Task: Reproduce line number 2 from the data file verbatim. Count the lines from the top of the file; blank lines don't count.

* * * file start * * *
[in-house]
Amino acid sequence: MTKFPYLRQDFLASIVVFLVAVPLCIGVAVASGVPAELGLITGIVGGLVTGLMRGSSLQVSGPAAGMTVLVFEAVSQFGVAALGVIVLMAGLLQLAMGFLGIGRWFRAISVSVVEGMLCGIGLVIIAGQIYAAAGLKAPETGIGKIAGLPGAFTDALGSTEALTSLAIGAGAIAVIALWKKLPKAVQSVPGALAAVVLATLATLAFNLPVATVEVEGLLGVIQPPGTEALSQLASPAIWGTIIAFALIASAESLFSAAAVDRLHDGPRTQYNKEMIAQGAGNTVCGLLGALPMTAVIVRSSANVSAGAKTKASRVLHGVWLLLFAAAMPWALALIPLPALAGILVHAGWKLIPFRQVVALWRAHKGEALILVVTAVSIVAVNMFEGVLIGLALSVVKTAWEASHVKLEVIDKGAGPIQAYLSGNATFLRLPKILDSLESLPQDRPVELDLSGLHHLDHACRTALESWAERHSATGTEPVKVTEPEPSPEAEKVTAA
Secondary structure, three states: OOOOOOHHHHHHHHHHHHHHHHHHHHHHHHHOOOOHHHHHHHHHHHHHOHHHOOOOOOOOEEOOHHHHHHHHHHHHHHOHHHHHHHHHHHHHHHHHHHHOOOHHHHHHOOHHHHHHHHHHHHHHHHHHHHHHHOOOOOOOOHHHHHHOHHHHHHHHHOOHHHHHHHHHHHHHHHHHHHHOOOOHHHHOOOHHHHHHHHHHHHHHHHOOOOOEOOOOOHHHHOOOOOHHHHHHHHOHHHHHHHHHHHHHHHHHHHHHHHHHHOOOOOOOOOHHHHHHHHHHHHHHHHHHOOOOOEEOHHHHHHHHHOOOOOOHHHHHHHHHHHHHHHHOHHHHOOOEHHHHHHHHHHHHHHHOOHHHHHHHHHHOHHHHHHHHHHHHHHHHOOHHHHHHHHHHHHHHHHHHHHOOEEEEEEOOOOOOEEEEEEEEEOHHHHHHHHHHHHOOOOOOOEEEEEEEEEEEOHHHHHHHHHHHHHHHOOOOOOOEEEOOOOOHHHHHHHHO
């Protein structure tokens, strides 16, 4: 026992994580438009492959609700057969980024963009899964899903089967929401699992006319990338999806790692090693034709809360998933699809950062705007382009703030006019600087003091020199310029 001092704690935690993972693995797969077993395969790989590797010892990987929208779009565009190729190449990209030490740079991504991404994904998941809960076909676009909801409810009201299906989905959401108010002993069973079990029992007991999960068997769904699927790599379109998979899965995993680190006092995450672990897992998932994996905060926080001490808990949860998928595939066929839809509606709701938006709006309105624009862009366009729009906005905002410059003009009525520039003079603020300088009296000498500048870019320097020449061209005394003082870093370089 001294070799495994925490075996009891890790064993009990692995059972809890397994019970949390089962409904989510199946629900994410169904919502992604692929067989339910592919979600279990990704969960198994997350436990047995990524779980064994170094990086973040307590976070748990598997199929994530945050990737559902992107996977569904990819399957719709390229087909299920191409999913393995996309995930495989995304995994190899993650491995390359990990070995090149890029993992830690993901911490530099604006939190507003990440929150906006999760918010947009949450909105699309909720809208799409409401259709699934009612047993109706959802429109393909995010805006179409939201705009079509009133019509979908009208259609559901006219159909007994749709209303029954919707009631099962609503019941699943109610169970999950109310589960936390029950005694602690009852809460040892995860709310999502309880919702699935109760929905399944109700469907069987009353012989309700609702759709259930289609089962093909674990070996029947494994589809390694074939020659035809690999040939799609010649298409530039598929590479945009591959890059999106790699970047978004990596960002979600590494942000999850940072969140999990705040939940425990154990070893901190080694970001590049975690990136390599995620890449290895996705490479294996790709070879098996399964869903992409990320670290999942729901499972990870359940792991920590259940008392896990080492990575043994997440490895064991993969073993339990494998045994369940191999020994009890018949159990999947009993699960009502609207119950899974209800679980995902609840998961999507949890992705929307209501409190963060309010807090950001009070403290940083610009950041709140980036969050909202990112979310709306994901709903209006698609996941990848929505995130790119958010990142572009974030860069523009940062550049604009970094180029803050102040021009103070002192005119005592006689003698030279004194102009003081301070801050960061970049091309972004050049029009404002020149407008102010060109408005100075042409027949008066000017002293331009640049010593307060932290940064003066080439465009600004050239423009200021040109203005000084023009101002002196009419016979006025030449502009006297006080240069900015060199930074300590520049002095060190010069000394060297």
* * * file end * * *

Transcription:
Amino acid sequence: MTKFPYLRQDFLASIVVFLVAVPLCIGVAVASGVPAELGLITGIVGGLVTGLMRGSSLQVSGPAAGMTVLVFEAVSQFGVAALGVIVLMAGLLQLAMGFLGIGRWFRAISVSVVEGMLCGIGLVIIAGQIYAAAGLKAPETGIGKIAGLPGAFTDALGSTEALTSLAIGAGAIAVIALWKKLPKAVQSVPGALAAVVLATLATLAFNLPVATVEVEGLLGVIQPPGTEALSQLASPAIWGTIIAFALIASAESLFSAAAVDRLHDGPRTQYNKEMIAQGAGNTVCGLLGALPMTAVIVRSSANVSAGAKTKASRVLHGVWLLLFAAAMPWALALIPLPALAGILVHAGWKLIPFRQVVALWRAHKGEALILVVTAVSIVAVNMFEGVLIGLALSVVKTAWEASHVKLEVIDKGAGPIQAYLSGNATFLRLPKILDSLESLPQDRPVELDLSGLHHLDHACRTALESWAERHSATGTEPVKVTEPEPSPEAEKVTAA